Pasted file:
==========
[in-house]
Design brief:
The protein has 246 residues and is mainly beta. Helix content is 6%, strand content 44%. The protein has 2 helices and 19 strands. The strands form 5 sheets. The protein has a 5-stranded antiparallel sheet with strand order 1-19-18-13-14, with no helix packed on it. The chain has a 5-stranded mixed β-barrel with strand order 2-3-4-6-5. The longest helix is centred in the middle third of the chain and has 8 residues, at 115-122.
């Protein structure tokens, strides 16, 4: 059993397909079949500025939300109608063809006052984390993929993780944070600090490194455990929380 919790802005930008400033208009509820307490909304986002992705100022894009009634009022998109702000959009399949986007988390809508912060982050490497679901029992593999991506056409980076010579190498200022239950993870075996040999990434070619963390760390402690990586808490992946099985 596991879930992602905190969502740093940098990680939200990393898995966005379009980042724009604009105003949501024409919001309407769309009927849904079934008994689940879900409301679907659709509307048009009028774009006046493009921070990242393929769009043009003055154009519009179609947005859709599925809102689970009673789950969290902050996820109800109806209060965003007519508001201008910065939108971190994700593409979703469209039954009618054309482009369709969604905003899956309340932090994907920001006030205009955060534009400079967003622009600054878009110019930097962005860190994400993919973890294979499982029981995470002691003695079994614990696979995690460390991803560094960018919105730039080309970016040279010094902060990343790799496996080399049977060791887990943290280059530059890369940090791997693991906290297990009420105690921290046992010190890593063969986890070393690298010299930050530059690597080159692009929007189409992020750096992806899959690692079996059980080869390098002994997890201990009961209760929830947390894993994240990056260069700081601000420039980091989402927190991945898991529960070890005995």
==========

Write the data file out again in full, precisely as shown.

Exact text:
[in-house]
Design brief:
The protein has 246 residues and is mainly beta. Helix content is 6%, strand content 44%. The protein has 2 helices and 19 strands. The strands form 5 sheets. The protein has a 5-stranded antiparallel sheet with strand order 1-19-18-13-14, with no helix packed on it. The chain has a 5-stranded mixed β-barrel with strand order 2-3-4-6-5. The longest helix is centred in the middle third of the chain and has 8 residues, at 115-122.
């Protein structure tokens, strides 16, 4: 059993397909079949500025939300109608063809006052984390993929993780944070600090490194455990929380 919790802005930008400033208009509820307490909304986002992705100022894009009634009022998109702000959009399949986007988390809508912060982050490497679901029992593999991506056409980076010579190498200022239950993870075996040999990434070619963390760390402690990586808490992946099985 596991879930992602905190969502740093940098990680939200990393898995966005379009980042724009604009105003949501024409919001309407769309009927849904079934008994689940879900409301679907659709509307048009009028774009006046493009921070990242393929769009043009003055154009519009179609947005859709599925809102689970009673789950969290902050996820109800109806209060965003007519508001201008910065939108971190994700593409979703469209039954009618054309482009369709969604905003899956309340932090994907920001006030205009955060534009400079967003622009600054878009110019930097962005860190994400993919973890294979499982029981995470002691003695079994614990696979995690460390991803560094960018919105730039080309970016040279010094902060990343790799496996080399049977060791887990943290280059530059890369940090791997693991906290297990009420105690921290046992010190890593063969986890070393690298010299930050530059690597080159692009929007189409992020750096992806899959690692079996059980080869390098002994997890201990009961209760929830947390894993994240990056260069700081601000420039980091989402927190991945898991529960070890005995």